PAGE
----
Tens of thousands of times a year, people walk through the checkpoints at Milwaukee Mitchell International Airport and set off zero red flags.
Then there are days the place comes to a standstill.
In the last four years, Milwaukee's TSA has caught countless knives and other weapons in people's bags, but it's the guns that really set off alarms.
From 2015 through 2018, a gun made it to a Mitchell Airport checkpoint 45 times.
Aviation security expert Jeff Price says those numbers just don't make sense.
"People should know this by now," Price said.
Milwaukee's problem is part of a nationwide trend.
In 2018, a record number of guns were caught in people's carry-on bags across the country. TSA discovered 4,239 at airport checkpoints, up 7% from the year before.
It's a problem Price blames on more people licensed to carry concealed weapons. As a concealed carry permit holder himself, he also blames carelessness.
"I have a concealed carry permit and know very well exactly where I can carry it, where I can't carry it and I also know where it is at all times, too," he said.
Adding to Price's head-shaking, the entirety of Mitchell Airport is clearly posted as a place where you cannot carry a concealed weapon.
In addition to local and federal laws barring firearms at airport checkpoints, having a firearm on the concourse is also illegal.
You'll pass no fewer than two signs stating that on your way inside.
Mark Lendvay is the TSA's federal security director for Wisconsin. When a firearm is found at a checkpoint, it's his team that goes into action first.
He believes there is more that can be done to tell concealed carry permit holders to leave their guns at home.
"Could we do more in terms of the public outreach and communication? Certainly," Lendvay said.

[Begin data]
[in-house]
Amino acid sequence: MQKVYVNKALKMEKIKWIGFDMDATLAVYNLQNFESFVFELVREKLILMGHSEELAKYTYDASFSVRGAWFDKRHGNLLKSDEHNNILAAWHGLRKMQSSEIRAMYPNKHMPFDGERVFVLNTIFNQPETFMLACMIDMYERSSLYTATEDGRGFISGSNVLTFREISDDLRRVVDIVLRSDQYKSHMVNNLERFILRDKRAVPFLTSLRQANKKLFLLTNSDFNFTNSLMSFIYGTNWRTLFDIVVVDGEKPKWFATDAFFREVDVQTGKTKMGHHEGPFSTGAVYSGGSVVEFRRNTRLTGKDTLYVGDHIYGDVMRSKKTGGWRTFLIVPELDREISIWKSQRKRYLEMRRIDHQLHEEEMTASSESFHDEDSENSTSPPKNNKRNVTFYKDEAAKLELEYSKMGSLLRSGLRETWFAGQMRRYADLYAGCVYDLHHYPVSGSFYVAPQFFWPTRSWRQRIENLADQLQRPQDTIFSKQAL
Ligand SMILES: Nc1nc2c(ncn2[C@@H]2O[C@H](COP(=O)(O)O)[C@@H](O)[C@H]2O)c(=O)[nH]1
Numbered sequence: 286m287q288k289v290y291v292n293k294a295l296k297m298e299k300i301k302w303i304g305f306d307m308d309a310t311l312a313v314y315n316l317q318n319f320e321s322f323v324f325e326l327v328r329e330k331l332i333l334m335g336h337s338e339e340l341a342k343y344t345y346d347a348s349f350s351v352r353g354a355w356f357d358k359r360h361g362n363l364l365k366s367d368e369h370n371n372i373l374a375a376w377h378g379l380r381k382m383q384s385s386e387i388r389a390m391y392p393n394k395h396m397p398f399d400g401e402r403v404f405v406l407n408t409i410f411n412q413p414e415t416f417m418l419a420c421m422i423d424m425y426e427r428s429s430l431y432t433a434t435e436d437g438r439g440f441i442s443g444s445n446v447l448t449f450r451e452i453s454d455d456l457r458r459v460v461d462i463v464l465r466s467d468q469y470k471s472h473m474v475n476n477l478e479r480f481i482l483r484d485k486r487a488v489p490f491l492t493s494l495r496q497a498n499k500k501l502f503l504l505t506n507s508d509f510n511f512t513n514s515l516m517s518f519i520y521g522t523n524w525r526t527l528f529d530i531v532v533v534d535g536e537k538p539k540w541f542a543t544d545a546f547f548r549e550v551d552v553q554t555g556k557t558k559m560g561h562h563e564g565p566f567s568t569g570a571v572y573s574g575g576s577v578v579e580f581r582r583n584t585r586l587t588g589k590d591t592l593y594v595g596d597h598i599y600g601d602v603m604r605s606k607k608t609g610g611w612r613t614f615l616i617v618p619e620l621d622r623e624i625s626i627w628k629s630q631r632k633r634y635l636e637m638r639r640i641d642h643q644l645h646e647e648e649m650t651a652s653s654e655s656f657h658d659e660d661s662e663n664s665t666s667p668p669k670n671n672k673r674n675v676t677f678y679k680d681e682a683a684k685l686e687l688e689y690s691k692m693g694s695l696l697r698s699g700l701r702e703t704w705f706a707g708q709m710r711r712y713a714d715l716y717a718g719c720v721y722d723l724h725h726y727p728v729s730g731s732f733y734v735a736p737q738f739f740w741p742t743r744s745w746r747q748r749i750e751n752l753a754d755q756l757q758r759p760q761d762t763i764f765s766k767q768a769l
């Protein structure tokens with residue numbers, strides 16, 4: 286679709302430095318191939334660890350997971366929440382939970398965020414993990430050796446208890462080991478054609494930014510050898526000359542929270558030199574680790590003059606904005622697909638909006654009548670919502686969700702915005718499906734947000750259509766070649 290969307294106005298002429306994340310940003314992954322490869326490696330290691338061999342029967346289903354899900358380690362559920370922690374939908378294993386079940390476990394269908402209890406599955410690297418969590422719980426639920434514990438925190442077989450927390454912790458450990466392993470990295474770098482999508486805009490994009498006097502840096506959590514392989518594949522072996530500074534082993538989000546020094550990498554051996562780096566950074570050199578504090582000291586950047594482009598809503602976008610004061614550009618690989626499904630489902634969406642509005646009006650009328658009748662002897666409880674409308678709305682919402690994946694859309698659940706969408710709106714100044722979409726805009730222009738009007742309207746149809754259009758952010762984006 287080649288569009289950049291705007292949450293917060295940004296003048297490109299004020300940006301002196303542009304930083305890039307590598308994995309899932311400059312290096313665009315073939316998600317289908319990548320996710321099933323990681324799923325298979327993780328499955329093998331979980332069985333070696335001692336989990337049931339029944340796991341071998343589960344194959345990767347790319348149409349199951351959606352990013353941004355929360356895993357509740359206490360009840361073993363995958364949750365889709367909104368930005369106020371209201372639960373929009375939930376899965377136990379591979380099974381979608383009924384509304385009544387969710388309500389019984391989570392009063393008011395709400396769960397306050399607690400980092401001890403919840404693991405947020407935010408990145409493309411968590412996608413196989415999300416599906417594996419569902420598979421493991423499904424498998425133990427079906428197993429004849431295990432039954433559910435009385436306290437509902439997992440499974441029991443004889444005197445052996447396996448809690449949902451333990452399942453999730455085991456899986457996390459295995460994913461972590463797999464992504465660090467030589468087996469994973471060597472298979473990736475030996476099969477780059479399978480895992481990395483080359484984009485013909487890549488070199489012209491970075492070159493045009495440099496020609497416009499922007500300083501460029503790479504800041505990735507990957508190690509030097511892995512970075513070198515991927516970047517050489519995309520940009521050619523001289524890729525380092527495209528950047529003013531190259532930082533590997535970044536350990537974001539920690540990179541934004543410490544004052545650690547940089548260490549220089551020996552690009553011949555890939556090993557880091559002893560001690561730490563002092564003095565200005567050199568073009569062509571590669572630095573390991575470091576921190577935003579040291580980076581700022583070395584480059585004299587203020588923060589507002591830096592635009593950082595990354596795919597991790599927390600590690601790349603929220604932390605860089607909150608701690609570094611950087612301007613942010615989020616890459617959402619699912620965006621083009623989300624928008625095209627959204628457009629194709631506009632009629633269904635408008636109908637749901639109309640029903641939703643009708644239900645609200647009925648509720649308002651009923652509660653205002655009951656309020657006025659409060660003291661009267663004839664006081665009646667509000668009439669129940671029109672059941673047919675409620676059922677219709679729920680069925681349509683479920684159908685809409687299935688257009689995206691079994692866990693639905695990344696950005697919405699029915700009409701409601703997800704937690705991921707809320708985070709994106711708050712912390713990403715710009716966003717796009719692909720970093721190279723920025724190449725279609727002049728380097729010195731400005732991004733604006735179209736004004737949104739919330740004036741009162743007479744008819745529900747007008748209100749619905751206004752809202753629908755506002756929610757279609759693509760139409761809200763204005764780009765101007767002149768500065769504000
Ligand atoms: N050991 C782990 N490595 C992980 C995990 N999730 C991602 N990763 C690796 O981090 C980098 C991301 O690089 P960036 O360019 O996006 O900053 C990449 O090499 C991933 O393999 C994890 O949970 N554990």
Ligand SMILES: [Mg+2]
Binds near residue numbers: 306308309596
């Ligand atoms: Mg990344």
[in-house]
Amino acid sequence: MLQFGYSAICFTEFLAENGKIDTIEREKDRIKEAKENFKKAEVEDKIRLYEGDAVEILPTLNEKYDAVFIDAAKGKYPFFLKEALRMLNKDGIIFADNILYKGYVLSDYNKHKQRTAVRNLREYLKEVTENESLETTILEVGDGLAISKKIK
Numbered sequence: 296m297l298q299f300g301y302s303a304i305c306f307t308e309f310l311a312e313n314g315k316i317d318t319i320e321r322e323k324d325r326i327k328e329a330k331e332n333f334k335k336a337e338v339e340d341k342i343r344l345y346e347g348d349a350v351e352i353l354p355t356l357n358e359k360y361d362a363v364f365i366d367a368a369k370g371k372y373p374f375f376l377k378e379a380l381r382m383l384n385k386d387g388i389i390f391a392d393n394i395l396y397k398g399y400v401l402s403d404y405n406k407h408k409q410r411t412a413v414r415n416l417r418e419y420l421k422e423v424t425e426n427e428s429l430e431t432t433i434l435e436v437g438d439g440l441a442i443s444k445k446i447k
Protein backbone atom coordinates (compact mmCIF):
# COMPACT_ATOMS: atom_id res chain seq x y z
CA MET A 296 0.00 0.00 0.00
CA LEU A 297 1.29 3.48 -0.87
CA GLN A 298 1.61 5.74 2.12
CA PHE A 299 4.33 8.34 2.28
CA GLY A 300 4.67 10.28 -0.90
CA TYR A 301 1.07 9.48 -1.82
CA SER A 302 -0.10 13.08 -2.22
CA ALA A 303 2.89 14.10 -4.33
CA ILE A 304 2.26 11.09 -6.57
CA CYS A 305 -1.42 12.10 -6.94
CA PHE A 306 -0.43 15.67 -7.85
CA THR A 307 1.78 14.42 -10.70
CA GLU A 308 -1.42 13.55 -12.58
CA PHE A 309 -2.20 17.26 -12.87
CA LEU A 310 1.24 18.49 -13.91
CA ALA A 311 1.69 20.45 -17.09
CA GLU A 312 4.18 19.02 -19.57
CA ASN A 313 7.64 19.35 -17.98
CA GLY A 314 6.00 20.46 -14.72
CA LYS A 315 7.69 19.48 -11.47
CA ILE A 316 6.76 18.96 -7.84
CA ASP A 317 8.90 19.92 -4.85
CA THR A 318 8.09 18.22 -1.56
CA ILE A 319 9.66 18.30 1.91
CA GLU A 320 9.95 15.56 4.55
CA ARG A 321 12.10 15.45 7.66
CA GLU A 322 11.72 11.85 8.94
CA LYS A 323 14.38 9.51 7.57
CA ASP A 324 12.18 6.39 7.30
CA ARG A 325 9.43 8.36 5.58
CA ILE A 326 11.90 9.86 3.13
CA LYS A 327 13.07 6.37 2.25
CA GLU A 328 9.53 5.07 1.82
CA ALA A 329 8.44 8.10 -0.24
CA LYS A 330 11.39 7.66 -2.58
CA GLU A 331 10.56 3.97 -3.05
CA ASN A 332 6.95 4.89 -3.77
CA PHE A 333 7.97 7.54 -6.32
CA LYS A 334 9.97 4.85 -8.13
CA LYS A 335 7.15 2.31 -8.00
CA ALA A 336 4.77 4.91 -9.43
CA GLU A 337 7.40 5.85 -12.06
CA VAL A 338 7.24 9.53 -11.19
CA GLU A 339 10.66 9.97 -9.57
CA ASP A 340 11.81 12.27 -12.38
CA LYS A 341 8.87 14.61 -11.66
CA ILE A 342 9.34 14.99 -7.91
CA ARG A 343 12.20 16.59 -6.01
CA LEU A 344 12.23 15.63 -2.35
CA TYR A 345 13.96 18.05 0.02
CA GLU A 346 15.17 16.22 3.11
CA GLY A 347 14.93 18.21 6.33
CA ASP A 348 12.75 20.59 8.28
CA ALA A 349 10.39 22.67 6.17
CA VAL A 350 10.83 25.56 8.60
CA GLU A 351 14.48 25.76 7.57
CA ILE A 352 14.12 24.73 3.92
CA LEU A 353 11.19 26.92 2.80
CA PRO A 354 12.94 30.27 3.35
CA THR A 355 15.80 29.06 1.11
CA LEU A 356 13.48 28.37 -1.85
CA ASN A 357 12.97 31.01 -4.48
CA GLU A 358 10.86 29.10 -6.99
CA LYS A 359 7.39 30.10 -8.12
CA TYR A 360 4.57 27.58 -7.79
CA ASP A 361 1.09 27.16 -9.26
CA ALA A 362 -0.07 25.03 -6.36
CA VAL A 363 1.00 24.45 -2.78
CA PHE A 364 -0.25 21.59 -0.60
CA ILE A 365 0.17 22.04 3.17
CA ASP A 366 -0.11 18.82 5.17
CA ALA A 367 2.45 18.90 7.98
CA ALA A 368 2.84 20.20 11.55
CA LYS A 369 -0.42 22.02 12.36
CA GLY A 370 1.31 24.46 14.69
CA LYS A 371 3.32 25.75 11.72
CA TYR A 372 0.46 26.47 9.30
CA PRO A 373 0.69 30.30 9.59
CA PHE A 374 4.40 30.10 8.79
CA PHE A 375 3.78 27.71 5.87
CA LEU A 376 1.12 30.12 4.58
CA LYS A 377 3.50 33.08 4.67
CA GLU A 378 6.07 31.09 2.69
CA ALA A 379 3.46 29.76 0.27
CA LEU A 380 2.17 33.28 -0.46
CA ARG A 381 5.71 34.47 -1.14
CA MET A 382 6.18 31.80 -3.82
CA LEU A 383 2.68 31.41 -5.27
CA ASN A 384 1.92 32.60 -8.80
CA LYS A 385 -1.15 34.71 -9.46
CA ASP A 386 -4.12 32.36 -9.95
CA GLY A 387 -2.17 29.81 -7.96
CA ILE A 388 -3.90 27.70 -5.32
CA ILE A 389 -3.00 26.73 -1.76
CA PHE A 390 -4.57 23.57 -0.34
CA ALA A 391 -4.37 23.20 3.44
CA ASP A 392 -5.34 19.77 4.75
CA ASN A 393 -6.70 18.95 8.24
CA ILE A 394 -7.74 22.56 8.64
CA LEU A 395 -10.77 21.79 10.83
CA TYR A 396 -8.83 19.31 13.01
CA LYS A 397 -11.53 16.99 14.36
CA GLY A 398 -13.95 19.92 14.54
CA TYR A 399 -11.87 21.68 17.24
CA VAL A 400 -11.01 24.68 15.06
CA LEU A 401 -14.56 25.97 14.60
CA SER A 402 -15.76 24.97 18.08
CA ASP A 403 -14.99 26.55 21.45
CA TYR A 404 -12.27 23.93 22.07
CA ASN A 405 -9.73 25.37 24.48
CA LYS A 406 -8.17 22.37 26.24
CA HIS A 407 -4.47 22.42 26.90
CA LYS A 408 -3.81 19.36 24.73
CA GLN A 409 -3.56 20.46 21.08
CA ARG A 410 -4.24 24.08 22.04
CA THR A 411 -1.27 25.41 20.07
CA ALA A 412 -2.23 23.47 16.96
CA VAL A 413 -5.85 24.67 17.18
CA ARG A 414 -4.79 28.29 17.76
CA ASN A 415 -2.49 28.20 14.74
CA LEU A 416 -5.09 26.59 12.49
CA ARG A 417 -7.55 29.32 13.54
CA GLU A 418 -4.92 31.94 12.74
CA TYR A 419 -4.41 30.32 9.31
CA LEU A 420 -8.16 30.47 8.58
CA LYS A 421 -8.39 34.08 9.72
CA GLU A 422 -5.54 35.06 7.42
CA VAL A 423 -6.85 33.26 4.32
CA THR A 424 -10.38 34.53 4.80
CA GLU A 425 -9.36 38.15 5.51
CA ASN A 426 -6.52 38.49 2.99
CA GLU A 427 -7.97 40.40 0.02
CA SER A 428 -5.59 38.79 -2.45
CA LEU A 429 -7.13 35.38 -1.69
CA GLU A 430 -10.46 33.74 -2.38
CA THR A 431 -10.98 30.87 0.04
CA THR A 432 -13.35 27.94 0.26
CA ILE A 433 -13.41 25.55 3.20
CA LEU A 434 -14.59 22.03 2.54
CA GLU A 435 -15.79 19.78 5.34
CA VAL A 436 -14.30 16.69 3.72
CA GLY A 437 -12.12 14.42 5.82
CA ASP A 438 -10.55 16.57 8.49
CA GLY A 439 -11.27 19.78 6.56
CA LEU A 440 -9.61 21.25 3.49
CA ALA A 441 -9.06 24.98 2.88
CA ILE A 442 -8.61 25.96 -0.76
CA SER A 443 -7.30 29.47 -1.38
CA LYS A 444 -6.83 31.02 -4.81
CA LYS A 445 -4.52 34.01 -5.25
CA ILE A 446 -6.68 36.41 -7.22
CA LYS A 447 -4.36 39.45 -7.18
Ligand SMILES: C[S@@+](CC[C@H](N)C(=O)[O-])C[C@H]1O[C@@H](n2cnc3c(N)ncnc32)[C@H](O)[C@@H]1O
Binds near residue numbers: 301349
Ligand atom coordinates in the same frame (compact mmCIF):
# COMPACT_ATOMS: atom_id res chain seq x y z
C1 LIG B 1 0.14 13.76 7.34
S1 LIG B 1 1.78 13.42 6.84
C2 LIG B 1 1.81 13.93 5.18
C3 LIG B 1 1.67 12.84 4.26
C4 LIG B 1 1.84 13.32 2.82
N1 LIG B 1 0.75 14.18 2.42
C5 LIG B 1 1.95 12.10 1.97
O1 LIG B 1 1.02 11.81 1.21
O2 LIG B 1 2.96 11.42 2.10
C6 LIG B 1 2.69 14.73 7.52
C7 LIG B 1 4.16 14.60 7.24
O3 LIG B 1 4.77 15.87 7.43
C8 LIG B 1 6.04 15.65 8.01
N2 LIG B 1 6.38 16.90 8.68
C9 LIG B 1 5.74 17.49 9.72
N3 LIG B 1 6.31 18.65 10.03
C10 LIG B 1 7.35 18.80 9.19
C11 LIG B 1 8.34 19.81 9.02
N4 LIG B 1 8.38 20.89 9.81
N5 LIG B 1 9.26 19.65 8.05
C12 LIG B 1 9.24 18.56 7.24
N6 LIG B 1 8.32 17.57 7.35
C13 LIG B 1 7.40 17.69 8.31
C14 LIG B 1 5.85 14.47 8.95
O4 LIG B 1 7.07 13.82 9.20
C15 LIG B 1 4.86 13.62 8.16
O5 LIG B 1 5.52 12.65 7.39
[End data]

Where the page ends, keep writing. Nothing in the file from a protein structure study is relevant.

But that is not something TSA can do. That change would come from Milwaukee County.
Since early March, the I-TEAM has repeatedly asked Sheriff Earnell Lucas to talk about this recurring security threat and his strategy for fighting it.
Through a spokesperson, Lucas declined an interview. His official response was a copy and paste of the county ordinance that people keep violating and his promise to enforce it.
Lucas' strategy, however, has not stopped the problem.
In the first three months of his tenure — since January — it's already happened three more times.
The county ordinance Sheriff Lucas' spokesperson cited carries a fine of no more than $500.
Price believes that is not enough incentive to change people's behavior.
"I have a concealed carry permit and know very well exactly where I can carry it, where I can't carry it and I also know where it is at all times, too." — Jeff Price, aviation security expert
"That penalty needs to go up. That's just ridiculous," Price said.
The airport is in the district of County Supervisor Jason Haas. He says it may be time for lawmakers to do more.
"We could look at increasing the amount of the fine," said Haas. "I think that's the limit of power on the county level, is to increase the amount of the fine."
The alternative, according to Price, is people continuing to break the law and test the system.
"They'll try it anyway and pay the fine if they get caught, and if not they've managed to carry their weapon on a plane," he said.
That happened just four months ago when a gun made it past the TSA in Atlanta and on a flight to Tokyo.